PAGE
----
Jim Wallace taught his daughter how to hunt when she was 11. John Rosenthal owns two shotguns that he uses for skeet shooting. Jesse Cohen collects historical weapons.
The three men have very different ideas on how firearms should be regulated, and all three are making their voices heard in the gun-control debate roiling Massachusetts and the country.
Wallace, executive director of the Northborough-based Gun Owners’ Action League, and Rosenthal, the founder and president of a Newton-based group, Stop Handgun Violence, have been ideological foes for years.
While Rosenthal campaigns for stricter limits, using a massive billboard along the Massachusetts Turnpike in Boston to help spread his message, Wallace lobbies for gun owners’ rights at the State House and enlists supporters at local gun shows.
Cohen, a Framingham lawyer, is trying for a middle ground. After specializing in firearms law for 13 years, he started the Firearms Education Association last month with Bruce Blessington, a retired businessman who lives in Boston.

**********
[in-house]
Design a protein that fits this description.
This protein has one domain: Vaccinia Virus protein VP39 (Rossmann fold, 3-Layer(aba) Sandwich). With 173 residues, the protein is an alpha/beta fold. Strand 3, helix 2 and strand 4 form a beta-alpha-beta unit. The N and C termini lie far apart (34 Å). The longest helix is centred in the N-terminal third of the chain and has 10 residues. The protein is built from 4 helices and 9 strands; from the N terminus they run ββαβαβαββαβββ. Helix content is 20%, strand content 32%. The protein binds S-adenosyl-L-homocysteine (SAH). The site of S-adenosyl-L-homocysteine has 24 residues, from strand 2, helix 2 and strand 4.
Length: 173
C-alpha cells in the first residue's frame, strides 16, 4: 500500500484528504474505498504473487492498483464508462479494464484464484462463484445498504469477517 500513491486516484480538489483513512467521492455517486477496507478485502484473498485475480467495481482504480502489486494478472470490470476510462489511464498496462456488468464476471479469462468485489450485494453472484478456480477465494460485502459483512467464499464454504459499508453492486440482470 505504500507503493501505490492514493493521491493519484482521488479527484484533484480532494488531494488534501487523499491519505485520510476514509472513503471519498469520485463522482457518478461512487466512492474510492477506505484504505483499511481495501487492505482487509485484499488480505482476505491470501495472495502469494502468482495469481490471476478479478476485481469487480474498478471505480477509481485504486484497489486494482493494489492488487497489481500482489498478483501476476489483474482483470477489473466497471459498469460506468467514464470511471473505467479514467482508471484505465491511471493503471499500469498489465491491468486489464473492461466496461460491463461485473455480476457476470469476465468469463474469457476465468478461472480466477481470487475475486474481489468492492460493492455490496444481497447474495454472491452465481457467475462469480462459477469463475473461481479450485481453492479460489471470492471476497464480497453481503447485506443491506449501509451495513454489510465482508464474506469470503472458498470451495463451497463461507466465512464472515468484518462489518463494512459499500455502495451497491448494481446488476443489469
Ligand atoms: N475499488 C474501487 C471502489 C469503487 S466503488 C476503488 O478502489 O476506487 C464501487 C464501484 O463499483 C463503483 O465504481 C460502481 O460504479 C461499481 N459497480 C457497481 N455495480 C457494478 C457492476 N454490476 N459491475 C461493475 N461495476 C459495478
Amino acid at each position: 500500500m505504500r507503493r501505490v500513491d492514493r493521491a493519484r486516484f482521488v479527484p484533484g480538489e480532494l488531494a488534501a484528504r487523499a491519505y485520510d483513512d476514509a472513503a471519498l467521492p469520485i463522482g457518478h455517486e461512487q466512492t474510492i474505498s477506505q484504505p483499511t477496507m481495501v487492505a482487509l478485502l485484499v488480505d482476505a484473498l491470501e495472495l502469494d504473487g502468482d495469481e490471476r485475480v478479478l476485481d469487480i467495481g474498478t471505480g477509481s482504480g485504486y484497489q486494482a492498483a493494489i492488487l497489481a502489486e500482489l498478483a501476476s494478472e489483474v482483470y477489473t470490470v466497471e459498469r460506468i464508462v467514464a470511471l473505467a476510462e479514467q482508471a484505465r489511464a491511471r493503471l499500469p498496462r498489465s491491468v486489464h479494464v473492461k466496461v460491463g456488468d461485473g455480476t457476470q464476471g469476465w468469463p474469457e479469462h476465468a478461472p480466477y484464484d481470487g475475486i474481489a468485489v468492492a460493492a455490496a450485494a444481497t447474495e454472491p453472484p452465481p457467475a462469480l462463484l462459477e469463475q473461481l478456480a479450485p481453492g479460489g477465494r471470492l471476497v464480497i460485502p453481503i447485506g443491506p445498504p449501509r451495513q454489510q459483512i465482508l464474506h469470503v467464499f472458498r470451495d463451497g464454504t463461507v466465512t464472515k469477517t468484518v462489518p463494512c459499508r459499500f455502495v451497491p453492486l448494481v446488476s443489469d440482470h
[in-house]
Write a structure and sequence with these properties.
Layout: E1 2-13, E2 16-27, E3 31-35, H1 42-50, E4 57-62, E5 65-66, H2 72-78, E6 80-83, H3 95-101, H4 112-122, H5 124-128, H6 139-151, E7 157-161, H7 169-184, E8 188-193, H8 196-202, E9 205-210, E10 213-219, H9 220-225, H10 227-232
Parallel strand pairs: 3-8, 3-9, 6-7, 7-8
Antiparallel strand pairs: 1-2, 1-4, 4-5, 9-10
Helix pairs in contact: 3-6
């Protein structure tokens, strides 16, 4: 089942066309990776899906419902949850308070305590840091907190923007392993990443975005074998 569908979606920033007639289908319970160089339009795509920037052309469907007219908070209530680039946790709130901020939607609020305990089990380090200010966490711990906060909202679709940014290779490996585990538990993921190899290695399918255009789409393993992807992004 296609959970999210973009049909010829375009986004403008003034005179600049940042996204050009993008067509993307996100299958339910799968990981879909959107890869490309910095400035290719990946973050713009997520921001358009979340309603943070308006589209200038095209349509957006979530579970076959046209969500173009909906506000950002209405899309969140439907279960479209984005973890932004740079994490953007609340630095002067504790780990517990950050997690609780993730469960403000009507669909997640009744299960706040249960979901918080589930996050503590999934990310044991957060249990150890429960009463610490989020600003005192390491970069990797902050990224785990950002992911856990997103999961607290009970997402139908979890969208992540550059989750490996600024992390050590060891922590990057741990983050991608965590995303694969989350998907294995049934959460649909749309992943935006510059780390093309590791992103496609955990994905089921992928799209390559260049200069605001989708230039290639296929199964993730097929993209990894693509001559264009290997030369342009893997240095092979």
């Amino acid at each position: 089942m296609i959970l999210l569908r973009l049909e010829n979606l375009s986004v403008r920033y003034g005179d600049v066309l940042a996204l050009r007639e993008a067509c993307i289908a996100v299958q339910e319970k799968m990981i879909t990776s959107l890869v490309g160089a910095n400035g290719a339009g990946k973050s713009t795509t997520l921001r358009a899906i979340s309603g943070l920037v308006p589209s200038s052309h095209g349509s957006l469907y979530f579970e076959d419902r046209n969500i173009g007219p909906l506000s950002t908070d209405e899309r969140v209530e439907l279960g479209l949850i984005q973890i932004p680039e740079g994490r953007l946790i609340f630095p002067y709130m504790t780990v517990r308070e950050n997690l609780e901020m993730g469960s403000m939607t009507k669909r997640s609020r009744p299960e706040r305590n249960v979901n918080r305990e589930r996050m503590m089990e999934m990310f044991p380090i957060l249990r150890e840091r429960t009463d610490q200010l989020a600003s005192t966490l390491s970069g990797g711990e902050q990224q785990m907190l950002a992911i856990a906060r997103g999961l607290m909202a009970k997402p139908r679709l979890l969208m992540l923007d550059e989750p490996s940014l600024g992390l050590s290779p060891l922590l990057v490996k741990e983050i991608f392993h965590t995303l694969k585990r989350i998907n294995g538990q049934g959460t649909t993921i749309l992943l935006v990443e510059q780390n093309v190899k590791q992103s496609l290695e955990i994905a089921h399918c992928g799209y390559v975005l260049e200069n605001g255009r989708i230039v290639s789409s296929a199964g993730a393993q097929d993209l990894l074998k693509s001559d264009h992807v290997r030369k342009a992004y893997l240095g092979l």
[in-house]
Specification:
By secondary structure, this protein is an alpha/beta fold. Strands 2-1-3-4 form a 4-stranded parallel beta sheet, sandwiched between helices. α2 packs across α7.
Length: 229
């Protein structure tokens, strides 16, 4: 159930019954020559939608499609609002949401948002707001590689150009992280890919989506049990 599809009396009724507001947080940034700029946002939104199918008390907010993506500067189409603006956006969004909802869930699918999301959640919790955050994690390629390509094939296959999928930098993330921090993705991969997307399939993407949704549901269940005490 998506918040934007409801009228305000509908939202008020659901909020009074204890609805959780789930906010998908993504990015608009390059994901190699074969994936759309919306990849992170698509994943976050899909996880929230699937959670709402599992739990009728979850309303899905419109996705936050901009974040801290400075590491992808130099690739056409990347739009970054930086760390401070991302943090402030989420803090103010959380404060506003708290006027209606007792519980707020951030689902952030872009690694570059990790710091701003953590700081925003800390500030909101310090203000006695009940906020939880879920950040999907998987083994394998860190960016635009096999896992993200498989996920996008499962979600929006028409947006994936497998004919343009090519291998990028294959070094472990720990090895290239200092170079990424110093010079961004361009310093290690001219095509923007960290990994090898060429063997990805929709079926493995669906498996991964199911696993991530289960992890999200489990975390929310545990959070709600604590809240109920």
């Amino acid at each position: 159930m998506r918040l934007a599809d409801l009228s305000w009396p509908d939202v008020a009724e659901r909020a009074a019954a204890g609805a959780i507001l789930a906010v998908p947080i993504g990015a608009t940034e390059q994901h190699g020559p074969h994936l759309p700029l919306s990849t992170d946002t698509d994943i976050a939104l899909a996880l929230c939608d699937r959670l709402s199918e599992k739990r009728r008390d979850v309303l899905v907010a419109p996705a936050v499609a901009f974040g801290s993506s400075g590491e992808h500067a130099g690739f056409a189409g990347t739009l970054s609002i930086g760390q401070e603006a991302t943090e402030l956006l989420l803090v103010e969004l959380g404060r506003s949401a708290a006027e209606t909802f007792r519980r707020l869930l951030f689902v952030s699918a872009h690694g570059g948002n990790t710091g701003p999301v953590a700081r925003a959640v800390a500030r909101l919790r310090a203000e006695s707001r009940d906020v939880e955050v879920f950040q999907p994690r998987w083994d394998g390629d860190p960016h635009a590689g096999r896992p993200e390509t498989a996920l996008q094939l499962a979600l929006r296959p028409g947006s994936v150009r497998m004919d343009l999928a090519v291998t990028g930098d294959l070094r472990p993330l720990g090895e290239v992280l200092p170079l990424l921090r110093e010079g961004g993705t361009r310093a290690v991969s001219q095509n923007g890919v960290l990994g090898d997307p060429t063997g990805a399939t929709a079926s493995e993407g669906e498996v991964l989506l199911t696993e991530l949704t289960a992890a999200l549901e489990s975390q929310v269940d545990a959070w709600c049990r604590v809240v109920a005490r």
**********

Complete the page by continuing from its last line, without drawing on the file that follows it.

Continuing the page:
“There’s millions of dollars going into these two sides lobbing missiles toward each other,” said Cohen. “Everything’s being drowned out by the polar opposites in the debate.”
Too often, according to Cohen, the debate over guns is dominated by the extremes while a “vast silent majority” favors reasonable, common-sense regulations.
Jesse Cohen and Bruce Blessington say gun owners and their advocates have to be willing to agree to new restrictions — both to make the country safer, and to convince supporters of tighter controls that they have good intentions.
Their viewpoints will be put to the test as the state and federal legislators consider new gun restrictions.
The US Senate’s Judiciary Committee last week approved a measure expanding background checks for gun purchases, but delayed action on a bill that would ban assault-style weapons and high-capacity ammunition magazines.
Meanwhile, in Massachusetts, legislators are discussing several new proposals, including ones that would require gun owners to carry liability insurance, place an additional sales tax on guns and ammunition, and give the state more access to mental health records for background checks.